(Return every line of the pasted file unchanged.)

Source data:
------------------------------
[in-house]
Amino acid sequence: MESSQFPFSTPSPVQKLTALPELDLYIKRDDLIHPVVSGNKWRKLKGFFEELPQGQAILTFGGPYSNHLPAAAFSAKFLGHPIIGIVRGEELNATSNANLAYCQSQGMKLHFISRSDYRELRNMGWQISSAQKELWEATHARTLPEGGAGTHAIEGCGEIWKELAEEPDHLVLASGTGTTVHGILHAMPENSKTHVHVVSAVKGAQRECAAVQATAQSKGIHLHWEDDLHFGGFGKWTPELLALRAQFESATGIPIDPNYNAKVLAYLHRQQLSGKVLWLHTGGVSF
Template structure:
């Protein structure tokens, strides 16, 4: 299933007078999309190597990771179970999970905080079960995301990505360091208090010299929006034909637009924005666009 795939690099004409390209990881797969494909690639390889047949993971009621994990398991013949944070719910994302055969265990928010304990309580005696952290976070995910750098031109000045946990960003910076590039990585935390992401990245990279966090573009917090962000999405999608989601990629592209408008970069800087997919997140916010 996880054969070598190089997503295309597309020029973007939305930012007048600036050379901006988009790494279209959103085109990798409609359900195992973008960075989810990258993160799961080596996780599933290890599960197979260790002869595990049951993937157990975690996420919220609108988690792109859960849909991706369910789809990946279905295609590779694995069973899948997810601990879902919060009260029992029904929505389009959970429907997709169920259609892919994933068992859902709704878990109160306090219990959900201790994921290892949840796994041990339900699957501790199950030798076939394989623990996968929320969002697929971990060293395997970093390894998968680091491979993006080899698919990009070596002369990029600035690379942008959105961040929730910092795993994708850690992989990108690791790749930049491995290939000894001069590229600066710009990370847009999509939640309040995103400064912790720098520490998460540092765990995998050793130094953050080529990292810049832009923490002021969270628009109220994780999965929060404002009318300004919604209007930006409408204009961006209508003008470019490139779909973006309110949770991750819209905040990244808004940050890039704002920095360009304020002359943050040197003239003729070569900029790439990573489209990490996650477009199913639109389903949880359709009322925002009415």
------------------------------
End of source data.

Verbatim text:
[in-house]
Amino acid sequence: MESSQFPFSTPSPVQKLTALPELDLYIKRDDLIHPVVSGNKWRKLKGFFEELPQGQAILTFGGPYSNHLPAAAFSAKFLGHPIIGIVRGEELNATSNANLAYCQSQGMKLHFISRSDYRELRNMGWQISSAQKELWEATHARTLPEGGAGTHAIEGCGEIWKELAEEPDHLVLASGTGTTVHGILHAMPENSKTHVHVVSAVKGAQRECAAVQATAQSKGIHLHWEDDLHFGGFGKWTPELLALRAQFESATGIPIDPNYNAKVLAYLHRQQLSGKVLWLHTGGVSF
Template structure:
């Protein structure tokens, strides 16, 4: 299933007078999309190597990771179970999970905080079960995301990505360091208090010299929006034909637009924005666009 795939690099004409390209990881797969494909690639390889047949993971009621994990398991013949944070719910994302055969265990928010304990309580005696952290976070995910750098031109000045946990960003910076590039990585935390992401990245990279966090573009917090962000999405999608989601990629592209408008970069800087997919997140916010 996880054969070598190089997503295309597309020029973007939305930012007048600036050379901006988009790494279209959103085109990798409609359900195992973008960075989810990258993160799961080596996780599933290890599960197979260790002869595990049951993937157990975690996420919220609108988690792109859960849909991706369910789809990946279905295609590779694995069973899948997810601990879902919060009260029992029904929505389009959970429907997709169920259609892919994933068992859902709704878990109160306090219990959900201790994921290892949840796994041990339900699957501790199950030798076939394989623990996968929320969002697929971990060293395997970093390894998968680091491979993006080899698919990009070596002369990029600035690379942008959105961040929730910092795993994708850690992989990108690791790749930049491995290939000894001069590229600066710009990370847009999509939640309040995103400064912790720098520490998460540092765990995998050793130094953050080529990292810049832009923490002021969270628009109220994780999965929060404002009318300004919604209007930006409408204009961006209508003008470019490139779909973006309110949770991750819209905040990244808004940050890039704002920095360009304020002359943050040197003239003729070569900029790439990573489209990490996650477009199913639109389903949880359709009322925002009415």